BOSTON (CBS) – Twenty-eight Boston public schools re-opened Monday allowing about 1,700 high-needs students to return to the classroom.
The move came just hours after the Boston Teachers Union passed a vote of no confidence in Superintendent Brenda Cassellius over safety concerns.READ MORE: Hopkinton High School First In State To Drop Mask Mandate
“We didn’t want to do that. Nobody wants to take that type of vote,” union president Jessica Tang told WBZ-TV.
Eliot Elementary School in the North End was one of the schools that re-opened and while teachers were there to greet students Monday morning, they said more needs to be done.
“All of our educators showed up for our students because that’s never been the issue for us. The issue has always been about safety, equity and transparency,” Tang said.
Cassellius issued a statement of her own Monday afternoon.
“I am deeply appreciative of our entire BPS team and our High In-Person Priority (HIPP) Task Force, consisting of parents, students, BTU members, and school leaders, which advised me and my team on today’s safe reopening of 28 additional schools. I also commend the BPS Facilities team for their around-the-clock efforts since this pandemic began to ensure our buildings are clean and safe,” she said. “I acknowledge the fear that many feel in this moment. That is why we have outlined in extensive communications over the past week the additional health and safety measures BPS has implemented in our school buildings, because it is the right thing to do for our community.”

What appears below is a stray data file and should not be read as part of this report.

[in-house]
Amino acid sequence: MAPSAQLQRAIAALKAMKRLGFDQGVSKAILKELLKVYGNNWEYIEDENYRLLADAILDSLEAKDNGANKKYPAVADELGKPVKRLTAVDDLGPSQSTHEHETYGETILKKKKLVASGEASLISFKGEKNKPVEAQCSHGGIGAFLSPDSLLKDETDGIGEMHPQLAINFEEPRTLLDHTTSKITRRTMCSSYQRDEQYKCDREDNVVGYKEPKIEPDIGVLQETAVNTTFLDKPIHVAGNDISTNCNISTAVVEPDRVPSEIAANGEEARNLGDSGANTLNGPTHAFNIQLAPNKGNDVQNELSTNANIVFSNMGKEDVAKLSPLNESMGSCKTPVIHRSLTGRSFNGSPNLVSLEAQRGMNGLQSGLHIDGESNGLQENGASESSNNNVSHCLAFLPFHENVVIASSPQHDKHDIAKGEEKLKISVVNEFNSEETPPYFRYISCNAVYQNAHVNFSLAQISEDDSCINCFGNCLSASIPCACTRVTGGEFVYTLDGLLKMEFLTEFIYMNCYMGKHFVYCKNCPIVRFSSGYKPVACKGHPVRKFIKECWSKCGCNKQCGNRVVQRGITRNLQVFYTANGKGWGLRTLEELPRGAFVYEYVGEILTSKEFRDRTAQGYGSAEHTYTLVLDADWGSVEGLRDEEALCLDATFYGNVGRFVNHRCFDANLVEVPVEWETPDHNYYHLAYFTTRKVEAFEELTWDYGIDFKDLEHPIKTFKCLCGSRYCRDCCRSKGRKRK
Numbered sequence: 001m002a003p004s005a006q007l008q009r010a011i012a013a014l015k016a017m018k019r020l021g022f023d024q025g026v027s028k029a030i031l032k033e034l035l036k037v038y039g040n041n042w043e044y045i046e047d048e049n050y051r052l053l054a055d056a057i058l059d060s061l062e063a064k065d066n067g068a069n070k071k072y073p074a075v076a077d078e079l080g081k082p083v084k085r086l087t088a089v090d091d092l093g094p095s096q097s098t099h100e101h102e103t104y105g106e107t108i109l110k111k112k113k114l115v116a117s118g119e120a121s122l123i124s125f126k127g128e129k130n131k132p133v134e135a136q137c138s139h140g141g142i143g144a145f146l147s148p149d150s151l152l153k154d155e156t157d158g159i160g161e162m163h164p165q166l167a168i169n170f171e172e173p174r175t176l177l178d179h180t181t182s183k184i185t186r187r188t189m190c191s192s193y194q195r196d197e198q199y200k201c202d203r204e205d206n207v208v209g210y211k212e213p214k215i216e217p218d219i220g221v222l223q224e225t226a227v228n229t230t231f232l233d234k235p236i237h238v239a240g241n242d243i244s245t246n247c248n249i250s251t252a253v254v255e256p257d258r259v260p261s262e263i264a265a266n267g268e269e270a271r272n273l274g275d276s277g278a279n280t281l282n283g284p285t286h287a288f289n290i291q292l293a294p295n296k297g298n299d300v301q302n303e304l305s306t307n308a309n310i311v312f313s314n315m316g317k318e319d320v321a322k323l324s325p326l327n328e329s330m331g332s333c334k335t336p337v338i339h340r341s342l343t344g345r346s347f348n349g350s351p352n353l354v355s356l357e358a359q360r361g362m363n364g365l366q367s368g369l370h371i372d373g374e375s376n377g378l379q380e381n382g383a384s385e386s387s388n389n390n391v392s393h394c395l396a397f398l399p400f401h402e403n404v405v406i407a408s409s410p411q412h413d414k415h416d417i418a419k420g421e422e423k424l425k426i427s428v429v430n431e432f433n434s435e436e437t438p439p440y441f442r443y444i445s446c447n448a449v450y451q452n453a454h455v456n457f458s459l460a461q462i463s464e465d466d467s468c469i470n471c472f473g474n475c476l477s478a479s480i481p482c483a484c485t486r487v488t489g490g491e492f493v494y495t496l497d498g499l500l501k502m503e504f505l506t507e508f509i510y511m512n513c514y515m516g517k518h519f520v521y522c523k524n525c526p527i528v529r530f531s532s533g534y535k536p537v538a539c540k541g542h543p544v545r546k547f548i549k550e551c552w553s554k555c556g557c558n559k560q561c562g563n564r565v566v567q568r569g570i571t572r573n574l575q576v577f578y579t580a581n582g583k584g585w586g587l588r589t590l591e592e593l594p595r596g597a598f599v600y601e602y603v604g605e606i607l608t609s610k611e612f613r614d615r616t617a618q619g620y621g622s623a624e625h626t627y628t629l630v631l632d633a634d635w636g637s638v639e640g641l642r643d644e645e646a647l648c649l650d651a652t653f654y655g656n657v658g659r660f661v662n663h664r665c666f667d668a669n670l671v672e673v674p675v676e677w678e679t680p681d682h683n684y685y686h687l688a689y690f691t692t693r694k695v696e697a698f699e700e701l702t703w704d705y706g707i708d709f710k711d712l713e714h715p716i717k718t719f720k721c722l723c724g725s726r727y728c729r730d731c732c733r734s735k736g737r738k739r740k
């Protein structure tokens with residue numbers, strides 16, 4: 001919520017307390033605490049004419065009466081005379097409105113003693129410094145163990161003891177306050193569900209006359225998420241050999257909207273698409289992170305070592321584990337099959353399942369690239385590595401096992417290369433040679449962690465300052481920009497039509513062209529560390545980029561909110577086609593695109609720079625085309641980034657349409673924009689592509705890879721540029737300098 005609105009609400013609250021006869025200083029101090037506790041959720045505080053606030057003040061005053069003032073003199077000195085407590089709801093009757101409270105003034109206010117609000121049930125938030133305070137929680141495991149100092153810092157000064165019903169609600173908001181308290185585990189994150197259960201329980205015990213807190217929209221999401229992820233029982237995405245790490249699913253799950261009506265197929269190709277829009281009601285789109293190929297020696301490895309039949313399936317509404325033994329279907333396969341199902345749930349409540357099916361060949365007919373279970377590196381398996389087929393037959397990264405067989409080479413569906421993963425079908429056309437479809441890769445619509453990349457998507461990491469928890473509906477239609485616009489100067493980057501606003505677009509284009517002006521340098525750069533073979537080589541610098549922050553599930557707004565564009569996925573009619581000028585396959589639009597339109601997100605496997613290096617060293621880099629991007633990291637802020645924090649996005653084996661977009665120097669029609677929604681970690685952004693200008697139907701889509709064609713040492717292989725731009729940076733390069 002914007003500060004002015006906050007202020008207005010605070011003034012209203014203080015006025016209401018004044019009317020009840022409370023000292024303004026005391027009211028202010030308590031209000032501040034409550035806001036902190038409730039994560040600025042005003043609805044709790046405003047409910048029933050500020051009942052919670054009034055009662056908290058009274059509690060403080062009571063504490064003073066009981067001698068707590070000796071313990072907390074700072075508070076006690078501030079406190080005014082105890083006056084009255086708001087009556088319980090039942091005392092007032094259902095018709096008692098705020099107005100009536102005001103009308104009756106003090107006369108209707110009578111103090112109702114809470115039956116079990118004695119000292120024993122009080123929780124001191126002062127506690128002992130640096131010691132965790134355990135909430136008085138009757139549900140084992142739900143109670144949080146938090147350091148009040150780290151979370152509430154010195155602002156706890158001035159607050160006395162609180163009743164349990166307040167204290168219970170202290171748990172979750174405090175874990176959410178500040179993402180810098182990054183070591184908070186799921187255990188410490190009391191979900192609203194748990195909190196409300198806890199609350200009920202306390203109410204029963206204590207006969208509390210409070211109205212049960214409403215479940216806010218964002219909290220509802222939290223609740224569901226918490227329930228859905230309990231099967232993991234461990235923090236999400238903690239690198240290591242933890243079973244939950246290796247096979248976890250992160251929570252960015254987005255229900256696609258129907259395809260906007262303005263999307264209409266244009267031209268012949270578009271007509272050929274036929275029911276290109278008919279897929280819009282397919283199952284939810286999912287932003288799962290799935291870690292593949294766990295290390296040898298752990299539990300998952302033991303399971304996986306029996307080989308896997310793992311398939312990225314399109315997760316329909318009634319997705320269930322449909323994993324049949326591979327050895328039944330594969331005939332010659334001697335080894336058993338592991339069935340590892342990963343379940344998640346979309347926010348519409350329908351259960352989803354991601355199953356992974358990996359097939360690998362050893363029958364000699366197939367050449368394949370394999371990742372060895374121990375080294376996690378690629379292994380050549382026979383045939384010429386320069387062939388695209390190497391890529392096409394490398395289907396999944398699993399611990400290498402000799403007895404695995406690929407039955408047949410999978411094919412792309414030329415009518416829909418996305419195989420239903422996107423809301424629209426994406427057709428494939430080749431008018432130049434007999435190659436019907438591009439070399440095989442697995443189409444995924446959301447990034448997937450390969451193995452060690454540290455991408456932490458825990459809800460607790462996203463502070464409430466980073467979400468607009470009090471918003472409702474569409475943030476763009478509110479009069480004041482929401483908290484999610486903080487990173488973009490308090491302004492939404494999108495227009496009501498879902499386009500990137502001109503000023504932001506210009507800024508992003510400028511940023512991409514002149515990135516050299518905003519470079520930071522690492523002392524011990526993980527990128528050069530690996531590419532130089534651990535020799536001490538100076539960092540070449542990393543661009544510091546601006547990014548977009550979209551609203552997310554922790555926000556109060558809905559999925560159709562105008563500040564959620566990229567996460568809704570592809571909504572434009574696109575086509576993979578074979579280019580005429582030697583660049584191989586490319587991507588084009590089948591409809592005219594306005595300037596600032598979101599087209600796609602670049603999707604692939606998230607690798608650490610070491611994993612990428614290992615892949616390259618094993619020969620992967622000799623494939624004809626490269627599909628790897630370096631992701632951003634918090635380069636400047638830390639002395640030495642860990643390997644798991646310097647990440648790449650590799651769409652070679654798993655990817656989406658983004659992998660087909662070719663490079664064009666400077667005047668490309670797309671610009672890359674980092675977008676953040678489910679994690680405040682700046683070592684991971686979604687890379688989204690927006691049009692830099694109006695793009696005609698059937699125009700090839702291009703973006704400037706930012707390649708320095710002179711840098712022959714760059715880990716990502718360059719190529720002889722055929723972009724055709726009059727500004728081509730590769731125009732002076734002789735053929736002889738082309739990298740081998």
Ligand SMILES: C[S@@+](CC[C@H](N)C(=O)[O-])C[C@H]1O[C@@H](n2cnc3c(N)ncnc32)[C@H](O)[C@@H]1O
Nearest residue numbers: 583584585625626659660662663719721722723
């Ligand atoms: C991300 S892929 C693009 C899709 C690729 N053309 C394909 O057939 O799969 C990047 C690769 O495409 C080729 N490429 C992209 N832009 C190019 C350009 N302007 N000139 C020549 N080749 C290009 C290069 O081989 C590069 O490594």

Mayor Marty Walsh said at a news conference Monday that the no-confidence vote was “shortsighted.”
“One hundred percent of the safety measures that the teacher’s union requested have been implemented in all of our schools that we reopened,” Walsh said. “I give tremendous credit to Superintendent Brenda Cassellius and her team for doing incredible work prioritizing our students who most need our support.”READ MORE: Coronavirus In Massachusetts: Today's Developments
In a statement, the union said the superintendent refused “to formally extend equal and uniform safety provisions” from the four schools that have been open to the 28 that reopened Monday.
“I truly don’t know. And that is like the million dollar question,” Tang told WBZ. “Because if it’s good enough for the other schools, students and families, why would it not be good enough for all the rest?”
The district shared a photo of what classrooms will look like. Desks are spaced apart for physical distancing and there was an air purifier in the back of the room.
Last week we delivered freestanding air purifiers to all @BostonSchools currently providing in-person learning to students.
— BostonPublicSchools (@BostonSchools) December 14, 2020
Other additional safety measures include providing medical grade personal protective equipment for staff, testing air quality and ventilation in school buildings, and inviting staff to participate in free testing at or near their school.
“Right now there’s one place that they are offering for all of the schools,” Tang said.
The teachers union said right now testing isn’t as accessible as it should be and at-home testing kits are being offered at some schools and not others.
“Teaching both remotely and in-person at the same time is even harder,” the union president said.
The issue that goes beyond safety, according to the Boston Teachers Union, is the expectation to do both simultaneously and the quality of learning students will get as a resultMORE NEWS: To Do List: Horror Movies, Haunted Brewery Tour, Spa Specials
“If students and families are taking risks to go into schools and educators are taking risks to go into schools, then we have to ensure what they are showing up for is worth those risks,” Tang said.